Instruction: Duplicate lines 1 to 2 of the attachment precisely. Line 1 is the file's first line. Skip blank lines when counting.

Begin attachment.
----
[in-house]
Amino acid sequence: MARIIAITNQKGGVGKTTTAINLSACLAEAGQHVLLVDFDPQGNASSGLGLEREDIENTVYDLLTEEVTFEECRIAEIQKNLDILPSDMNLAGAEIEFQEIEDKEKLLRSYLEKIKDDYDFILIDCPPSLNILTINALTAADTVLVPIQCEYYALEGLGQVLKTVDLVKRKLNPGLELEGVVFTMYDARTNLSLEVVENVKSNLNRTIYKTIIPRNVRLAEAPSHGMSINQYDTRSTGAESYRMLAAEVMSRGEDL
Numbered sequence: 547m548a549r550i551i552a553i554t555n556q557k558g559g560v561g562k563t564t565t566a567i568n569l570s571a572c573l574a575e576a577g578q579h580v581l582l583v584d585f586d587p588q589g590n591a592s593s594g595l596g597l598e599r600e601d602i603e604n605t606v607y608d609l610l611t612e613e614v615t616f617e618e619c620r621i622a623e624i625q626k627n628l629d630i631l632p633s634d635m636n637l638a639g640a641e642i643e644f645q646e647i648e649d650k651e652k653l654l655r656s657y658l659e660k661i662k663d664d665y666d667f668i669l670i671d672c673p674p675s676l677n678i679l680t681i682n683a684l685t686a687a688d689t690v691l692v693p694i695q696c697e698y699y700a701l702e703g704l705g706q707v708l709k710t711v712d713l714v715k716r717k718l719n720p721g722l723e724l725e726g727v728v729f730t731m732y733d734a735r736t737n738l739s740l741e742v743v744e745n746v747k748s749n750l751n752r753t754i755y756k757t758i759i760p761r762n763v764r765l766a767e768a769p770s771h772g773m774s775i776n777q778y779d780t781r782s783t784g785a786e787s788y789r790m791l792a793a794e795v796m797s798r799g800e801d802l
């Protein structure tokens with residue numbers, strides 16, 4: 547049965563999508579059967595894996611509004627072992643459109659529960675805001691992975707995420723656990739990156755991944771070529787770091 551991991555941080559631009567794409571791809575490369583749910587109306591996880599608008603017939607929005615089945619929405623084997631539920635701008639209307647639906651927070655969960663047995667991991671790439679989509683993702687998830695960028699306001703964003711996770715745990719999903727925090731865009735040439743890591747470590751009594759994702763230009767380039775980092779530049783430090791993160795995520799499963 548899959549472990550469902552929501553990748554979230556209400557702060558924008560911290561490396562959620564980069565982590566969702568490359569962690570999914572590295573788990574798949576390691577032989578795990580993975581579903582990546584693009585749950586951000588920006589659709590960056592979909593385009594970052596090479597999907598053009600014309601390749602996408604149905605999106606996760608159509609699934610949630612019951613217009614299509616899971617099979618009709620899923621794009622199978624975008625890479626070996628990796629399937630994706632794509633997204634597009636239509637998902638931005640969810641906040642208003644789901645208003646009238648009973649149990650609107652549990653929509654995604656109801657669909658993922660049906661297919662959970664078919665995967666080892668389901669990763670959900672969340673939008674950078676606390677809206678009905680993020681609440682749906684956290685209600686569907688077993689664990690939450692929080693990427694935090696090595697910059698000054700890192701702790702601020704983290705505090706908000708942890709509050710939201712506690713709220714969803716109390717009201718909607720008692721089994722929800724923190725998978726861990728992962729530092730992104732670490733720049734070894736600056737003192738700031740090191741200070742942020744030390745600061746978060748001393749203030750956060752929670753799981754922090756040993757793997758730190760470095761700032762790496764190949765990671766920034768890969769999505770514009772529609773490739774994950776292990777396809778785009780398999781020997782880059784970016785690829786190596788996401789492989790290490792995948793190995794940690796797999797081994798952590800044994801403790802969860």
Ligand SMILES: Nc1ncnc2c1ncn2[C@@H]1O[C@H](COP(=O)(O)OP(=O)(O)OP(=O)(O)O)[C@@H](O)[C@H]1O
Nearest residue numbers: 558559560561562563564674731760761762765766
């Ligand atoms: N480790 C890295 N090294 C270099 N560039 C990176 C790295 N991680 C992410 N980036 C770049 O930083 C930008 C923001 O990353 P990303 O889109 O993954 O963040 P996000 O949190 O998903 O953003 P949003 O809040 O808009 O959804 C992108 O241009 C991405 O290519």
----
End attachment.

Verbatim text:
[in-house]
Amino acid sequence: MARIIAITNQKGGVGKTTTAINLSACLAEAGQHVLLVDFDPQGNASSGLGLEREDIENTVYDLLTEEVTFEECRIAEIQKNLDILPSDMNLAGAEIEFQEIEDKEKLLRSYLEKIKDDYDFILIDCPPSLNILTINALTAADTVLVPIQCEYYALEGLGQVLKTVDLVKRKLNPGLELEGVVFTMYDARTNLSLEVVENVKSNLNRTIYKTIIPRNVRLAEAPSHGMSINQYDTRSTGAESYRMLAAEVMSRGEDL